Before Beats By Dre and Nike were clamoring for her endorsement, or she was posing for paparazzi photos with Kim Kardashian, millions of black women knew and loved 'Rena, ReRe or "my girl," their terms of endearment for Serena Williams.
Serena, in all her #BlackGirlMagic glory, was first worshipped by the legions of girls and women who saw themselves in the determined, hardworking and charming phenom from Compton, California. It's these women who are among those cheering the loudest for Serena, because for them, she has already won.
They scream for her on and off the court because her magazine covers, Instagram posts and images of her with braids, beads, wearing catsuits or bikinis, are a different kind of victory for the woman many of them consider the epitome of beauty and excellence. For them, looking at Serena Williams is like looking into a mirror that affirms their own bodies and skin color.
As she chases history, attempting to score the first calendar Grand Slam in nearly three decades, there's a special section of women across the country forming their own players box for Serena. In their own words, a few notable black women share why they'll always be her biggest fans.
Nikki Giovanni, Poet and New York Times Best-Selling Author
I think it's wonderful because I'm an old lady. My mother was a tennis player. Mommy played tennis at the old Wilberforce during the age of segregation. That's where Althea Gibson started playing. This goes way back.
Serena curses [her detractors] out and I just love that. You don't have to be polite. She's fun. It's so wonderful that she's at the top of her game, playing people at the top of their game. There's nobody playing tennis right now who can beat her. It makes you feel good. It's like hearing Leontyne Price sing.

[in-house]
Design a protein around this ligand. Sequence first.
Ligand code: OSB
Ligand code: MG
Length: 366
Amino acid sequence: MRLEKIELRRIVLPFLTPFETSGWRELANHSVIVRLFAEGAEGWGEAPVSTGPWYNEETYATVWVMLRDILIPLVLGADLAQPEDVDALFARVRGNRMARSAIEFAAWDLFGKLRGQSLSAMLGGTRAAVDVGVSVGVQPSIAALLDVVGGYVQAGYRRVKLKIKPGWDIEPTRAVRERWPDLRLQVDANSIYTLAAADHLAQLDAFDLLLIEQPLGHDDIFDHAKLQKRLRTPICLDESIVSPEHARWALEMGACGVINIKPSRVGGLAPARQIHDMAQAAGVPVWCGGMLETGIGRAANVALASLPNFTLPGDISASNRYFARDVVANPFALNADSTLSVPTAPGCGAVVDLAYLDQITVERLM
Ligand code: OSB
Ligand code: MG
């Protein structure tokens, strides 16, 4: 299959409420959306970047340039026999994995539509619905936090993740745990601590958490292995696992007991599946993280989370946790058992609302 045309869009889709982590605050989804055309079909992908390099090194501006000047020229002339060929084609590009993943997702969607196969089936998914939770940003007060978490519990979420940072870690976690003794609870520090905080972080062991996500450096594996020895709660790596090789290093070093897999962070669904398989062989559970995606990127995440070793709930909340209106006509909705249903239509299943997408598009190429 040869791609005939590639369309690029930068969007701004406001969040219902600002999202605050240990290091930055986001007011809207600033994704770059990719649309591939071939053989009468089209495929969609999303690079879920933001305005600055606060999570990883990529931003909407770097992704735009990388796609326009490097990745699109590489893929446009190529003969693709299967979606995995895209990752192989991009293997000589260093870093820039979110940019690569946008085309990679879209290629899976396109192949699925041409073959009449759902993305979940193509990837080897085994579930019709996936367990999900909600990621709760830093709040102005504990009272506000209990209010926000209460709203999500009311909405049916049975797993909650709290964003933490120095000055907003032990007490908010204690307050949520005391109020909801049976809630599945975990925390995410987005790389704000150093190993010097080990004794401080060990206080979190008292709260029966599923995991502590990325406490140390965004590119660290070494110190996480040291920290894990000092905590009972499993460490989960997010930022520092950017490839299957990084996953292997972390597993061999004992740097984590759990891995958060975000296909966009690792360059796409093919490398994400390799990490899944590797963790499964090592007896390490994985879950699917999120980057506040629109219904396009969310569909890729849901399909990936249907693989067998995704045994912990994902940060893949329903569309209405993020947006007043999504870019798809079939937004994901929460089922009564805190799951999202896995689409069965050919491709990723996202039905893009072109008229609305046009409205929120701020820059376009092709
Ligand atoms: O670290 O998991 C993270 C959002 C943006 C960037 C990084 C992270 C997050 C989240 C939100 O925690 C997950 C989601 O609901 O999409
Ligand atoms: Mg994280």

I think all of the black women, particularly, are going to open a bottle of champagne and watch Serena win.
Feminista Jones, Author/Speaker
Serena does not deny where she comes from. She stays true to her roots. She's committed. She's queen of the bounce-back -- she almost died in 2011. She's just dynamic on every front. Just watching her play is usually fantastic. Just how much she puts into her craft.
I think when you look at some of the advertisements ... they are really emotional, passionate. They say, "You can do this. You can be this person. You can work hard for this. You can still have these dreams even though we live in a society that tries to stifle black people, particularly black girls." We see her in the face of all this backlash. She still manages to go out there and win.
She's so smart, she's engaging. She's charming. I also think she's fantastically beautiful, particularly as a dark-skinned black woman. She belongs to a group that has been systematically excluded from this concept of beauty.
In May, I just decided randomly to post a picture of Serena Williams every single day, just to remind people of how fricking gorgeous this woman is. Whether it's on the beach, or on the tennis court, or out with her friends. [With these daily posts] I've had to deal with all kinds of people talking about how "manly" she looks. I have fiercely defended Serena Williams throughout the years.
Vanessa K. Bush, Editor-In-Chief, ESSENCE Magazine
She's made it a lot more acceptable to be different. To have the body type that she has, to have the physical prowess that she has, to be a black woman who's just dominating ... it's pretty phenomenal. We did our cover story on her a couple of years ago and really got a chance to learn more about her story and just her resilience.
What's so great about seeing Serena as a fashion icon ... it means that there's room for all of us. It's almost kind of a reaffirmation of how we as black women feel about ourselves. We're naturally confident, optimistic, embracing of our differences, but the world hasn't always seen us that way. Seeing her out front is a manifestation of all the pride we have in our particular beauty.
She's had to deal with so many disappointments and setbacks, and she just keeps coming back. That kind of resilience is a great example, particularly to black women. It just shows how we never give up.
She's very accessible. She feels like she could be like a girlfriend in your head. You would want to hang out with her. You know you'd have a good time. We just are all really happy for her. We want her to win. She's earned it. It's more than a tennis match. It's about seeing somebody win at life.
Alicia Garza, Co-Founder, Black Lives Matter
To be honest, I'm not a big tennis fan. But I have been watching her for the last few years now, and I'm just really impressed by a few things. One, I'm incredibly impressed by her leadership. Two, I just really think that she is completely graceful and humble in the face of really terrible treatment from fans and from the industry itself. And three, I'm really excited about her choices by way of creating space for philanthropy that are actually meaningful. She uses her platform to speak on those issues of race and gender.